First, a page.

The second personal story I want to tell covers the transgression of failing to read an audience or connect with a group you don’t know. I was with a group at the SCDC picnic last month. In the group were a local town chair, two former town chairs, and two people running for NH rep positions. All are very involved in the community. That’s a lot of local knowledge and experience in one place. We were enjoying ourselves and I at least had already talked with or exchanged pleasantries with most of the candidates present, at least the ones that matter to Farmington. Maura Sullivan came over to our group and sat down to chat. Maura started by asking if we were excited about this election season and if we could feel the energy of the campaigns. I call it the standard party “ra, ra” speech. If she had not met all of them before I might not have thought very much of this lack of understanding, but she had met them and been questioned by them at our local meeting. She misread them. She was trying to project that she cared about us and was excited to see us, but that effort fell flat. I found it insulting. Farmington is not the DC beltway bubble. Candidates have to get out of their comfort zones. The conversation seemed to go downhill from there. There wasn’t a connection and she couldn’t build one. It was immensely frustrating to watch and even harder to experience myself. I know Maura hasn’t lived in NH long, why would she know us like other candidates do? That cannot be an excuse for any candidate.
Connection is key in any political race. It’s essential in navigating the political realm. Some people connect with others easily, others don’t. That doesn’t mean a candidate cannot learn that skill and become better at it. I also think candidates cannot undervalue local knowledge and establishing connections with communities, especially localities that are struggling. Know the constituents you will represent. To not step up to this challenge is to relegate these communities and the people in them to obscurity after elections. This cannot be the cloth our candidates are cut from.
On Election Day I’m putting my vote toward progressive people I can trust. I plan to vote for Steve Marchand, a broad, unapologetic, thoughtful progressive voice, for governor. The CD1 primary race is filled with many good progressives I could vote for. I easily chose Mindi Messmer. She is a person of reason like my husband, a scientist who will look at DC a different way. In this age, the importance of that quality cannot be understated. The environment is not just a dead thing to her; it is our future, and that is a priority. Its restoration is not just an issue, not just a talking point; she knows how connected we are to it, how all life on the planet depends on humankind developing fast solutions to mitigate the damage we have done, like I do. Most importantly, she has enormous compassion and empathy. She has been invaluable ally to my own LGBTQIA community a number of times. It means a lot to me that someone will stick their neck out for people who need help.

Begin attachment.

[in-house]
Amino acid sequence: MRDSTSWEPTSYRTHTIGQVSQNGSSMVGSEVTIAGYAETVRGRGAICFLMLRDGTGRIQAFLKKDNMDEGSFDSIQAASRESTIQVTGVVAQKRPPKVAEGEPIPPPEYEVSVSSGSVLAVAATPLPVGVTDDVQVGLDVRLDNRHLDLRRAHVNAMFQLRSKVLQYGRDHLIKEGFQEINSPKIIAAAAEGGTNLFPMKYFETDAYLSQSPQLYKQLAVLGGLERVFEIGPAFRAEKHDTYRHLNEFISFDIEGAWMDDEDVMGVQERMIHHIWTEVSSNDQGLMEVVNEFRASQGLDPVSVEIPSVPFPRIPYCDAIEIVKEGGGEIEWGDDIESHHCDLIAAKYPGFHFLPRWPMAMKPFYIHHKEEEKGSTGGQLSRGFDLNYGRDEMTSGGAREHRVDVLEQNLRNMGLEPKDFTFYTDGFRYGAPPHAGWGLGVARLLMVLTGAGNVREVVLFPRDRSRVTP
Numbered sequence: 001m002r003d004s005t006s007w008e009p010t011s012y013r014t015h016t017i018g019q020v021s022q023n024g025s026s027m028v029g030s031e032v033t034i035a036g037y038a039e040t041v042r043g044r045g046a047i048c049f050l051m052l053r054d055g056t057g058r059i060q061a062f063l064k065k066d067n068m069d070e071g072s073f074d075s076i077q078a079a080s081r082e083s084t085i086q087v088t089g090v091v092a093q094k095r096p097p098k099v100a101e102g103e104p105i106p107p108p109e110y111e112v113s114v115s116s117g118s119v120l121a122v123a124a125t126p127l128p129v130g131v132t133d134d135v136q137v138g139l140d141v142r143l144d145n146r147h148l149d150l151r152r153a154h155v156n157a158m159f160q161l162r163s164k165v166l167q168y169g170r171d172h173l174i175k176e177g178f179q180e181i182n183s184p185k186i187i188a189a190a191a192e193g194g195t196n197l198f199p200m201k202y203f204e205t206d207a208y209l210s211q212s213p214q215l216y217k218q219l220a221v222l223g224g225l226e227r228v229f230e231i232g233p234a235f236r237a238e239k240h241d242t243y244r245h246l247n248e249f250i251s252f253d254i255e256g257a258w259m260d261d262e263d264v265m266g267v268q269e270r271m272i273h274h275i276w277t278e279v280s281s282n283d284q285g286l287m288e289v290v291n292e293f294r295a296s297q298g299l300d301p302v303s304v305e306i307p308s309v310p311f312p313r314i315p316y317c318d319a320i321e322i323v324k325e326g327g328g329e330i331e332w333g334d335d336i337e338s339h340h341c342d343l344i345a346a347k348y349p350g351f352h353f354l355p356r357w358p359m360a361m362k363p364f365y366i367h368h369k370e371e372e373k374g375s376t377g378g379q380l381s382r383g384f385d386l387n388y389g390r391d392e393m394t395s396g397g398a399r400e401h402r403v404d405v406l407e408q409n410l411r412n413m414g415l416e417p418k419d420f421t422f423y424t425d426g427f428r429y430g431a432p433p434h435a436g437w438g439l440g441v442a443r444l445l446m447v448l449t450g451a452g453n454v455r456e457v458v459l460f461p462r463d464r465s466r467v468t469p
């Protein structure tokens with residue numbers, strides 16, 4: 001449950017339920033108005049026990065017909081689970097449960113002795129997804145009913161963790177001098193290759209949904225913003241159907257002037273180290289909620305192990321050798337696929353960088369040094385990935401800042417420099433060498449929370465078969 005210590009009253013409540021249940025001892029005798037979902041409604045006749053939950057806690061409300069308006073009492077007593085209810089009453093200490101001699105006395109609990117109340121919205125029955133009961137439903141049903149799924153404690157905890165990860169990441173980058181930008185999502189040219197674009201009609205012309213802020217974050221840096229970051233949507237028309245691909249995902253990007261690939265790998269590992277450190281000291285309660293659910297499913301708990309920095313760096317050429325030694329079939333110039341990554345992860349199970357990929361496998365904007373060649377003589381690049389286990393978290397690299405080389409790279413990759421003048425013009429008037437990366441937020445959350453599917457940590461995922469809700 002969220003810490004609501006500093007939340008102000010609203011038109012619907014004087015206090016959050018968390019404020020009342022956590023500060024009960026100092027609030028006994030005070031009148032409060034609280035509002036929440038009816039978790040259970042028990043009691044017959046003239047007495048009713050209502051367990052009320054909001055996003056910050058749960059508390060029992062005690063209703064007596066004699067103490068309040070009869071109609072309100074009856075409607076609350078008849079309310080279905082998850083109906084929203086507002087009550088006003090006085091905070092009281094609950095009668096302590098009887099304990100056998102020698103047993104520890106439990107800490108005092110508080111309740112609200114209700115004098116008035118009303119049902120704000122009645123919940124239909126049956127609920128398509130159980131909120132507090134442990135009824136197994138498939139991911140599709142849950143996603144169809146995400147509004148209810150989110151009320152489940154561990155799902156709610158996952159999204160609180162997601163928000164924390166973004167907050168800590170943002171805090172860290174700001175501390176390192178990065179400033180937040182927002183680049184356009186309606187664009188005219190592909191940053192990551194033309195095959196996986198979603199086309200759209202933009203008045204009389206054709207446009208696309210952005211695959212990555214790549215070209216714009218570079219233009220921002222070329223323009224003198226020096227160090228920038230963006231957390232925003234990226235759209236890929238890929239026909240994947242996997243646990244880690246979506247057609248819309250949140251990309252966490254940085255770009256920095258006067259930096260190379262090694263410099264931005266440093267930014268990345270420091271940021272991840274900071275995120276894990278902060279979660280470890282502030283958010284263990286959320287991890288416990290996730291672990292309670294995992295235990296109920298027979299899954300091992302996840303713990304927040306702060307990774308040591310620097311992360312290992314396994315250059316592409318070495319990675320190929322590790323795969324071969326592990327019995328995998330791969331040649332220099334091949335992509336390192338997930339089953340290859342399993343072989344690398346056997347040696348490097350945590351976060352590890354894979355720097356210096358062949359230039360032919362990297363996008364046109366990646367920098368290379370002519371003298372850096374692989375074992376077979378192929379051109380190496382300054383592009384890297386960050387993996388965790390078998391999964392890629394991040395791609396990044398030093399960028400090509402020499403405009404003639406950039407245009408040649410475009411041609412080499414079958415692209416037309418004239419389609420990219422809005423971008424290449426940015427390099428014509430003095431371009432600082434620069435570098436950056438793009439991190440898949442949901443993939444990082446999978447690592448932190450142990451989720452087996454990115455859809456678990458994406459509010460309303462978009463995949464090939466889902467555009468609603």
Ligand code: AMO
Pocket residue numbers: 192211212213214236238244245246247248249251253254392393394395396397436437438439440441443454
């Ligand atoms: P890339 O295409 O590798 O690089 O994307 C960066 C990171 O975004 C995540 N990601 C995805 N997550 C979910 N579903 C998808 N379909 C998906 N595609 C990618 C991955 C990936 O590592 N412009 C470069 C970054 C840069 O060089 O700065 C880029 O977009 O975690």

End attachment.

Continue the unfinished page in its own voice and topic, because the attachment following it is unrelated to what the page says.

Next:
We are so fortunate to have not one, but two wonderful candidates for NH state representative this year! Manny Krasner and Sylvis Arcouette are integral parts of Farmington’s community. They give and give, and give to the community; I can think of no better stewards for the two open legislative positions. Please vote for both of them. The very hard working Anne Grassie is running for our NH Senate seat. She would be a breath of fresh air for that seat and bring some much needed empathy and compassion to that office. Please give her an opportunity to serve us. Andru Volinsky has been able to restore some sanity to the Executive Council, so I would ask you to join me in supporting him for re-election to that position.
On NH Primary Day the Farmington polls are open 8 AM - 7 PM. Mark your calendars for Tuesday, September 11th and don’t forget to make your way to the Farmington Old Town Hall/ Rec Center gym, 531 Main ST, Farmington to vote. I certainly hope you will take the time. We need your vote then and we need you to turn out in force in November.